I left public education.
That sounds crazy, I know, but I did it. I left after eight years because public education wasn’t serving my needs. The teachers were kind and did their best, but my grades and, more importantly, my intellect were failing. I was not learning from the curriculum and distracted myself, and even others, from learning.
While public school serves many parents and kids well, I’m not the only kid in Utah suffering from a similar dilemma or other circumstances such as learning and social disabilities, mental health struggles, simply not fitting the mold, and so much more. One size doesn’t fit all, and it doesn’t need to. Alternative education choice becomes available to everyone in Utah with HB331, the Hope Scholarship Program.
I am so lucky to be home-schooled. I am more confident in myself, I am creating experiences that public school could never give me, and I am learning things I never knew sitting in a classroom.
Home schooling seems a bit taboo — I thought so, too. It took my mom three years to convince me to leave my comfort zone to try alternative learning. I hope to give everyone the opportunity to find their confidence, follow their interests, learn at their own pace and how they feel comfortable and give parents that option for their kids, because lots of students aren’t as fortunate as I am.
Many people interested in alternative schooling can’t afford it, and some parents have no choice but to continue through the public education option. HB331 gives that hope and opportunity to parents looking for alternative solutions by making money scholarships available with state education funds.
I have found that parents are entitled to the responsibility of ensuring their child receives the education they desire, not the state. In the Utah Constitution, the state recognizes the “right, obligation, responsibility, and authority to raise, manage, train, (and) educate (their children)” (Utah Code § 62A-4a-201).
Parents have the claim to direct the education of their children, whether that takes place through public, home or alternative schooling. That is the choice protected by the Utah Constitution. HB331 is a benefit to parents and their students in aiding their educational decisions.
I had the opportunity to attend the House Revenue and Taxation Committee hearing, listening to arguments from both sides. Not one individual who opposed the bill spoke about either the students’ or parents’ needs.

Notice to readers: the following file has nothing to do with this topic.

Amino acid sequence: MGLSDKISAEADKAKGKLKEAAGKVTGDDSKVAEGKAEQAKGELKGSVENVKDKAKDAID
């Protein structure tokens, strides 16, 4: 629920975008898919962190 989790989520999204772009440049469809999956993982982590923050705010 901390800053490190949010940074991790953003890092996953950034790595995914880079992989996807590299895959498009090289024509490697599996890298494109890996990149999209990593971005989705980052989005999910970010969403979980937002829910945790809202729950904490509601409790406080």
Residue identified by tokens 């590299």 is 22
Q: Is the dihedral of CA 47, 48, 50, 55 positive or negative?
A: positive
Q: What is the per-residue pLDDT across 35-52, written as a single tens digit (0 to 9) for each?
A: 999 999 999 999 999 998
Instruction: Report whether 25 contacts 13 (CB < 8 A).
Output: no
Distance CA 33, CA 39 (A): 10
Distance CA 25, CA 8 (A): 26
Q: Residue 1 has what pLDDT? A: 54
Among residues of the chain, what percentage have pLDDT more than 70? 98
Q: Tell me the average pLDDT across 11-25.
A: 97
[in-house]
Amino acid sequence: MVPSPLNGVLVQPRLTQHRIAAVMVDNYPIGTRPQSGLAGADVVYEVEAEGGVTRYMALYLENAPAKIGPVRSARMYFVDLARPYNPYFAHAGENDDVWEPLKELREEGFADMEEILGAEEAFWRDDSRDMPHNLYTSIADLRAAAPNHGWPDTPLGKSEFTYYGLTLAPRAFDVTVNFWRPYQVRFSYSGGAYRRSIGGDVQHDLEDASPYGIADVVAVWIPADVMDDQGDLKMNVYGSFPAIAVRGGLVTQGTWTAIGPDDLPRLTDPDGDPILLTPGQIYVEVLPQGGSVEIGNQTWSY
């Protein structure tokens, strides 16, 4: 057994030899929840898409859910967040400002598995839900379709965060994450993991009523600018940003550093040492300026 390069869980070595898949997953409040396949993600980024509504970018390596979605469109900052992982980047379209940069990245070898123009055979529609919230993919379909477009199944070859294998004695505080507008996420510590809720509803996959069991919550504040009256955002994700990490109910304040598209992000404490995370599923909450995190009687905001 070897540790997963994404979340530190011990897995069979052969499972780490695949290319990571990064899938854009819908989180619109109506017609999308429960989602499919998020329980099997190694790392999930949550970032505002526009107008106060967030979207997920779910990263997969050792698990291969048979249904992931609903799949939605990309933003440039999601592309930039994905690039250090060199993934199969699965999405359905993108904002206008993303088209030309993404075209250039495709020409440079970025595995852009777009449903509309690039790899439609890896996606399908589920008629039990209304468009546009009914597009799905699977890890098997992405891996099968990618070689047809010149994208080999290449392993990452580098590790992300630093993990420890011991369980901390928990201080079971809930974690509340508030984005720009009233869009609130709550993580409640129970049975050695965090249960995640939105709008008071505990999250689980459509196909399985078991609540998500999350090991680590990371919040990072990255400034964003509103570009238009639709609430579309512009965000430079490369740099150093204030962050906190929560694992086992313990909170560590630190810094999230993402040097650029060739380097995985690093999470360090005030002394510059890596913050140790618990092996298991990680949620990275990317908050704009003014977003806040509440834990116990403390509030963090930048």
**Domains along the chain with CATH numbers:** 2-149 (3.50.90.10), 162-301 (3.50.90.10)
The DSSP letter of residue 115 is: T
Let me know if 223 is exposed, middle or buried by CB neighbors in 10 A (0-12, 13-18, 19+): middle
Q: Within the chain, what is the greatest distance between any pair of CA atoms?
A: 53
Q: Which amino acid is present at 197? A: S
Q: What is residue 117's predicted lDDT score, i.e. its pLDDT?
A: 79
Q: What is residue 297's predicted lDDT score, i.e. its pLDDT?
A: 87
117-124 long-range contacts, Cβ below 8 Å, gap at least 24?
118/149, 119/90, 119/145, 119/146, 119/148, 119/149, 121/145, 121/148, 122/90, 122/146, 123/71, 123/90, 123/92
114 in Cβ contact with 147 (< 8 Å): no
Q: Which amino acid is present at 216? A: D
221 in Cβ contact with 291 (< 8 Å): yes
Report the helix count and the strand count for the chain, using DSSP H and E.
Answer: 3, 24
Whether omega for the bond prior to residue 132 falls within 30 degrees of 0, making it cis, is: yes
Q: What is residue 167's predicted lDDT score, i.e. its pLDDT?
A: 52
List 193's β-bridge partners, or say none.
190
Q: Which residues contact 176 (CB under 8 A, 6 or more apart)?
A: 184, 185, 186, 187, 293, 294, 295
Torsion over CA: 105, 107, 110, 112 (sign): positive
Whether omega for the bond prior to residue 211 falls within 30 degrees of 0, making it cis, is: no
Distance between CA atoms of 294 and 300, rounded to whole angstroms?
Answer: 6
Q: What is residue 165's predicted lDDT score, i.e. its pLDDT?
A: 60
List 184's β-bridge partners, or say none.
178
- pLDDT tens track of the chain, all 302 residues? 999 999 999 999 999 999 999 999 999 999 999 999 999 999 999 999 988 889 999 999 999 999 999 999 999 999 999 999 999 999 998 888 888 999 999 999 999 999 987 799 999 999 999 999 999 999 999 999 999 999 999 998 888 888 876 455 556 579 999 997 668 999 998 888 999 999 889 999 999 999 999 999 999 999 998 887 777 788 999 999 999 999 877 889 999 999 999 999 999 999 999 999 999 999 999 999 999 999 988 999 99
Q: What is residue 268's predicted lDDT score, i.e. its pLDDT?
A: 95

The fact is, the opposition has become more focused on, and concerned about, the funding than the students.
Administrators continue expressing the need for the money to nurture the system, even conveying that the already nearly $6 billion funding isn’t enough. In doing so, the opposition strongly objected to the $36 million appropriated in the scholarship HB331 proposes. That $36 million is only 0.6% of the $6 billion state education budget. Yet opponents are claiming that it is threatening the education system’s money.
In reality, advocating for alternative learning reduces students in the classroom but doesn’t change the budget, meaning there is more per-pupil spending. That money can be used to increase teacher pay, for example. This bill uses a very, very small fund to provide optional government resources to promote stronger opportunities for both parents and students to find education that fits the child’s needs.
Utah is seeing more home-schoolers than ever before. Parent choice is becoming even more relevant and necessary. Students need more options for education. The “one size fits all” approach isn’t working.
HB331 focuses on the individual students to manage their own education. The focus on our students is diminishing, and we need to consider all views and resources. There are so many wonderful and useful education options, but not everyone can afford them.
Passing HB331 gives everyone that opportunity to thrive in education. I hope to see this pass the Legislature and show support to parental choice and student focus.
Take it from a homeschooler.
Dalton Brown is a junior in high school and is home-schooled, living in South Jordan, Utah